By Dr. Tara M. Lavallee
As an American as well as a global participant in the world, I strive to prepare York Country Day students in US History on how to think analytically in order to become proficient in applying theoretical schools of thought to real world situations, events, and policies. History and political facts are not meant to be memorized, but rather explored, understood, utilized, assessed, and applied. I am passionate about training our students on how to become independent, informed thinkers. As French sociologist and political theorist De Tocqueville stated early in the development of the United States, the American experiment will succeed as long as the citizenry maintains a vibrant civil society (the art of association), for “the health of a democratic society may be measured by the quality of functions performed by private citizens not by government.”
Recently, after delving into the often dense intricacies and Supreme Court decisions dealing with the enumerated first ten amendments of the Bill of Rights, my students were asked to complete what seemed at first glance to be a basic, easy assignment. Using watercolors, calligraphy pens, markers, colored pencils, oil pastels, stamps, glitter, and other artistic media, the students were to illustrate an Amendment or part of an Amendment, and explain how their illustrations reflected the Constitutional framers’ intentions of protecting individual civil liberties.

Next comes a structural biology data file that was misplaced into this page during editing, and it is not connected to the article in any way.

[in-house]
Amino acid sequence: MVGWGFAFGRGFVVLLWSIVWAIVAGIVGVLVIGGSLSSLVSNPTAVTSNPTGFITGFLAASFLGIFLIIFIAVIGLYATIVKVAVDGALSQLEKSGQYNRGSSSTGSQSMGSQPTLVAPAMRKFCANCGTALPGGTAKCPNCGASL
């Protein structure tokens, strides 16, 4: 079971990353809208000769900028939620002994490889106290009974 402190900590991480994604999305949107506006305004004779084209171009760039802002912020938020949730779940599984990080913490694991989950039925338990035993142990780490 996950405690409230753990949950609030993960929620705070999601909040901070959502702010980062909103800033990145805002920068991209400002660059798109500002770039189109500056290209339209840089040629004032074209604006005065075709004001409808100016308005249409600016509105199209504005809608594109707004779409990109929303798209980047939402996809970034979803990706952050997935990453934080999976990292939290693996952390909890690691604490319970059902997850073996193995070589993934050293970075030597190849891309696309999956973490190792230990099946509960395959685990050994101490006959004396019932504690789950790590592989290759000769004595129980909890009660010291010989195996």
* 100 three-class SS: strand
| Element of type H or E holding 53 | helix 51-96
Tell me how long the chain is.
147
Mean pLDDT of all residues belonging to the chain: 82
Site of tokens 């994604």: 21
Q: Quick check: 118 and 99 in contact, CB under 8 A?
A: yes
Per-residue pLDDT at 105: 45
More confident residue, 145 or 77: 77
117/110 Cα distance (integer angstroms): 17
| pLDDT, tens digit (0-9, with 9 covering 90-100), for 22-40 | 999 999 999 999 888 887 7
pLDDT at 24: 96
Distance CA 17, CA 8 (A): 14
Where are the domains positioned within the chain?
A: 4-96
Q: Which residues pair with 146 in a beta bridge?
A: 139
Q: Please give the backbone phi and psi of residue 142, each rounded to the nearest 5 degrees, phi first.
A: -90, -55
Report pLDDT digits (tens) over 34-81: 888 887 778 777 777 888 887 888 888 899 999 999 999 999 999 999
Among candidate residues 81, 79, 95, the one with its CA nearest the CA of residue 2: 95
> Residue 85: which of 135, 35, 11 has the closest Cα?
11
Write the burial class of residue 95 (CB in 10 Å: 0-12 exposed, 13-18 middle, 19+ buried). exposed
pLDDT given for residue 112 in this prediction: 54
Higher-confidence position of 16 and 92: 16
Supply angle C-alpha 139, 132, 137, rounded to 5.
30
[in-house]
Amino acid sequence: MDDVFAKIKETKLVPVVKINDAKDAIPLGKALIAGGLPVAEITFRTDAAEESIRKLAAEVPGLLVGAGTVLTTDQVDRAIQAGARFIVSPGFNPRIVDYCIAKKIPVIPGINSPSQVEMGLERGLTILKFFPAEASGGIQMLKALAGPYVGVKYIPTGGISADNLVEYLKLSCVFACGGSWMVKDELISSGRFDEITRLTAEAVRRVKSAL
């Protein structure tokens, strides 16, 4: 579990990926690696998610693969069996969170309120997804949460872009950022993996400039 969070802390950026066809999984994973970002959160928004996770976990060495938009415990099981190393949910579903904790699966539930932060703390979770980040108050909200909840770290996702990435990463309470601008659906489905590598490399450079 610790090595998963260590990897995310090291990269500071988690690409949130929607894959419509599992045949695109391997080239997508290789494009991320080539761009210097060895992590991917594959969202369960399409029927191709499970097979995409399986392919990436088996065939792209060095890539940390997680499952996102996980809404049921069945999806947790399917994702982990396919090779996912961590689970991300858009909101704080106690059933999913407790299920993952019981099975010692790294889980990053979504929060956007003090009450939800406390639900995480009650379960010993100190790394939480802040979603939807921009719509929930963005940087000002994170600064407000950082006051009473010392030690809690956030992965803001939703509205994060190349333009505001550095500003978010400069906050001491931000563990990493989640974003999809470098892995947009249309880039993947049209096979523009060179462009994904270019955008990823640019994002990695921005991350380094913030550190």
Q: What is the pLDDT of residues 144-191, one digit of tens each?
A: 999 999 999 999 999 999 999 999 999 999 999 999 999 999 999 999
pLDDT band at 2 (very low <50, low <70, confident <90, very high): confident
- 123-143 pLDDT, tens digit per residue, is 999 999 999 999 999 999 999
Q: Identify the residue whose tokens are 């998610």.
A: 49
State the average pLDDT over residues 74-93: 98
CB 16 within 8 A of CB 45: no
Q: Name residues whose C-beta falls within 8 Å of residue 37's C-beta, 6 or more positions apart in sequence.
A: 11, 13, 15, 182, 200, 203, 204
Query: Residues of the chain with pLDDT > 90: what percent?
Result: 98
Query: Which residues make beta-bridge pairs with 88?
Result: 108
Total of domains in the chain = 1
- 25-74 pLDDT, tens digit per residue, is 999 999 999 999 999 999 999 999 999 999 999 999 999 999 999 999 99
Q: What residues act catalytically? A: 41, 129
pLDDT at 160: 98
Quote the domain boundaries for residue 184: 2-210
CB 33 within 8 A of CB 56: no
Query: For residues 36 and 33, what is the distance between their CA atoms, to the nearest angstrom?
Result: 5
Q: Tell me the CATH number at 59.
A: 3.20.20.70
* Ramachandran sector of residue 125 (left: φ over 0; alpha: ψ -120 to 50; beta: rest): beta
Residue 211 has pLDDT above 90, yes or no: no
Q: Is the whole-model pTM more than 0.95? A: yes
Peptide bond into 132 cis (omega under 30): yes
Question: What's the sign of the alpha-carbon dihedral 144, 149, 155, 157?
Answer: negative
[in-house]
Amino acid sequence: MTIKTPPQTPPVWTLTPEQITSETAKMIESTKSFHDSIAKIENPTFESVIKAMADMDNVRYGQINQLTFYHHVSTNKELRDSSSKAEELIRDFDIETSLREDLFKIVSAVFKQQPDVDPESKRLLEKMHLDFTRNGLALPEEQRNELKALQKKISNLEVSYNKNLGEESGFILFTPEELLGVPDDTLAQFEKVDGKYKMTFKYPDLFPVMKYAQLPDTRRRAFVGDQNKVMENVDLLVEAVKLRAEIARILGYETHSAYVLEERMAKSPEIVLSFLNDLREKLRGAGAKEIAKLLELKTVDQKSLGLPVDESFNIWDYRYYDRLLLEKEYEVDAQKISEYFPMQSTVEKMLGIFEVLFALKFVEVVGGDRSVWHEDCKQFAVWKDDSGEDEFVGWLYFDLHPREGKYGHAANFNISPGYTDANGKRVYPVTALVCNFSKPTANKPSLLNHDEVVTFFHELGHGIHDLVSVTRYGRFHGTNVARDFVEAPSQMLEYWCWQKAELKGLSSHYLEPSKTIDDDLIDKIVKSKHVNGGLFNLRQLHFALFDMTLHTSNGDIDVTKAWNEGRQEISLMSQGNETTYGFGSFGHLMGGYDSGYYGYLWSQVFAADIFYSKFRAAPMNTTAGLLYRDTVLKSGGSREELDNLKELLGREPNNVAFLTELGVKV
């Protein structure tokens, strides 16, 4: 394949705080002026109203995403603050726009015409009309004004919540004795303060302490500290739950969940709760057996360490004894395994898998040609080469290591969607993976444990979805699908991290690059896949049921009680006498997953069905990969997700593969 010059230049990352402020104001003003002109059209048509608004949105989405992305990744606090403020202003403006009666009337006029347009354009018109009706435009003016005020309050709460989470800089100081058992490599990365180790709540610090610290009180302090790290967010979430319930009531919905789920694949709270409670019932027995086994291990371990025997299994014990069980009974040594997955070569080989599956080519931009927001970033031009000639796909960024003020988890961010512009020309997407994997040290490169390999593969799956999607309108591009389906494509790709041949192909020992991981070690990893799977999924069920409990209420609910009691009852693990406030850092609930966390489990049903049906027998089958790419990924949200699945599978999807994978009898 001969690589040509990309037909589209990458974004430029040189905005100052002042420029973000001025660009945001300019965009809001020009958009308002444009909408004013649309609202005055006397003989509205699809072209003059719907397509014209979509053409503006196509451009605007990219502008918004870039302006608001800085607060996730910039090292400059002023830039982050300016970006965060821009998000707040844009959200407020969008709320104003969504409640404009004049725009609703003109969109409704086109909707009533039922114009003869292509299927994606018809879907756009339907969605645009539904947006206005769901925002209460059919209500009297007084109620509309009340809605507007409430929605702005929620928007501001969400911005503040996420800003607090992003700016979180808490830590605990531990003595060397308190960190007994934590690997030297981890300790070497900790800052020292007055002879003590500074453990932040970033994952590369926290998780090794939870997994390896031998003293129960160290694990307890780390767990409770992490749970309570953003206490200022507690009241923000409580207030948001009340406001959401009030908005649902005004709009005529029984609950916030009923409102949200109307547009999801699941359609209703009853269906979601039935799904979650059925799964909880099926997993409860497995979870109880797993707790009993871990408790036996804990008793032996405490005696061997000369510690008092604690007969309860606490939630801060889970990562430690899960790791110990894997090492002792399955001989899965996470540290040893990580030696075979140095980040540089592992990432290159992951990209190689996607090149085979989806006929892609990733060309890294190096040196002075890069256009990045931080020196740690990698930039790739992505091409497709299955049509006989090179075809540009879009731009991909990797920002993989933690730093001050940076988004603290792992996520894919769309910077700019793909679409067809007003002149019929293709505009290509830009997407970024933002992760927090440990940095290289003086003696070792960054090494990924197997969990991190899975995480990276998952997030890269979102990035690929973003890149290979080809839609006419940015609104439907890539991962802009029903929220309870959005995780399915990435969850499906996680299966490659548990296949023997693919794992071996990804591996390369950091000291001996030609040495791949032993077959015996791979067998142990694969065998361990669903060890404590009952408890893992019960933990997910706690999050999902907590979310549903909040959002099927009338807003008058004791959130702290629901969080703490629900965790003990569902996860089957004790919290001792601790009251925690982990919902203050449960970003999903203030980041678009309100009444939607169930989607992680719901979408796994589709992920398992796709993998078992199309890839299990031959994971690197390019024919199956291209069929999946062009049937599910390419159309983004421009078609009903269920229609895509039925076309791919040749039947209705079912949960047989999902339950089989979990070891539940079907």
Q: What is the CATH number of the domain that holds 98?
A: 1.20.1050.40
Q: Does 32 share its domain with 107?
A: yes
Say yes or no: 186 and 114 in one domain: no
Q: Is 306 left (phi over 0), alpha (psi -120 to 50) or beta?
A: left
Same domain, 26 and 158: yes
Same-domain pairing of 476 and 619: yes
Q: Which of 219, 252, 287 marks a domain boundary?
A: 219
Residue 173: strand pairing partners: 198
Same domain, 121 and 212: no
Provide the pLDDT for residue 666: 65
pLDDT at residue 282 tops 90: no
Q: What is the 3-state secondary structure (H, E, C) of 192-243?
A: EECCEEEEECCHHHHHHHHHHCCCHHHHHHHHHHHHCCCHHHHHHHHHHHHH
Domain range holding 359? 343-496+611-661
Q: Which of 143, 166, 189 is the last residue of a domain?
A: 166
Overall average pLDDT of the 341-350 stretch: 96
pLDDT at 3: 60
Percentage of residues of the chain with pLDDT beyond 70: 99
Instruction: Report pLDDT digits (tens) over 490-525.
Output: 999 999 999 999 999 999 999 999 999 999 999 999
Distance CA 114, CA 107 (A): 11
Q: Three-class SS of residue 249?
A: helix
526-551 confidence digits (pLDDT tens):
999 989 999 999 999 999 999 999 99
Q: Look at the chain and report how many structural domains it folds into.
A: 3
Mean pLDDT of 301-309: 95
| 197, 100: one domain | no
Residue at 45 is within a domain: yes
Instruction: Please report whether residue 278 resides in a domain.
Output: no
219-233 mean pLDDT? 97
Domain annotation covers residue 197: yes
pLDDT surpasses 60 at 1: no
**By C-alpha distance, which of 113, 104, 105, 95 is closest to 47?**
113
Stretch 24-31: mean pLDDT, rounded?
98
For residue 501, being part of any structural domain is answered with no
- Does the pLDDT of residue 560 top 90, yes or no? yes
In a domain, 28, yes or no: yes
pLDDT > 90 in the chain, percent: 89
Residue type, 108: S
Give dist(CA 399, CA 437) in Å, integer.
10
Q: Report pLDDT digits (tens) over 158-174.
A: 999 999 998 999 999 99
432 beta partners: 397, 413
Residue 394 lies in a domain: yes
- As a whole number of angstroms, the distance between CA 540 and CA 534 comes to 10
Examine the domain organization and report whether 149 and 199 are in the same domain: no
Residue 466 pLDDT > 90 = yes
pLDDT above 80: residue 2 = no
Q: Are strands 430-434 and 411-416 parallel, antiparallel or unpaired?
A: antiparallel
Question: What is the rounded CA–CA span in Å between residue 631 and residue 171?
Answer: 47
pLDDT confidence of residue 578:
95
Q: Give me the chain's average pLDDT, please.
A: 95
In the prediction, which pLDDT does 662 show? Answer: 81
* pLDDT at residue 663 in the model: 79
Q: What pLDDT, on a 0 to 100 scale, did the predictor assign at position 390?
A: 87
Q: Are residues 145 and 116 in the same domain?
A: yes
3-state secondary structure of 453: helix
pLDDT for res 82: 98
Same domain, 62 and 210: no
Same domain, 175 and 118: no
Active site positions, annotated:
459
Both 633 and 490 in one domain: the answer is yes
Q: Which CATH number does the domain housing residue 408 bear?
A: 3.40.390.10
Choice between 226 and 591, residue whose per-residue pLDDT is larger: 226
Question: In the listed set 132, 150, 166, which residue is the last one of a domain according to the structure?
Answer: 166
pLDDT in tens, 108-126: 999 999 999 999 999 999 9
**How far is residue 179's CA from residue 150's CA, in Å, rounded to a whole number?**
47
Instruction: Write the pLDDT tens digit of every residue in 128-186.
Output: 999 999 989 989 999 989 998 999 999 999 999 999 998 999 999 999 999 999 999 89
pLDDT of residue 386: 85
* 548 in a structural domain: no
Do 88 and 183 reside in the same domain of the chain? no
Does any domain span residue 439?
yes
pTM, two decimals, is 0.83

For two class periods, while listening to all my favorite “School House Rocks” songs, the students revelled in the freedom to use their artistic and written creativity to “play” with illustrating an Amendment. After each group presented their work to their fellow students, a magical, illuminating “a-ha” moment filled the room. Once distant, irrelevant ideas created by old men in wigs with often suspect hygiene had become, as one of my students put it, REAL. One student said, “At first the Amendments seemed so inconsequential, but now I realize how crucial they are to the liberties I often take for granted in my everyday life.” Sometimes all it takes are plenty of art supplies, youthful exuberance, singing along to “I’m just a bill, only a bill, and I am living here on Capitol Hill,” and an out-of-the-box idea. As a teacher whose students have often been heard to say, “Yes, we know, Dr. Lavallee, the Constitution is your great love,” this is the perfect reward. Now, sitting at my desk, I glance over at the sketch of De Tocqueville hanging up in my office and swear he is proudly winking at me.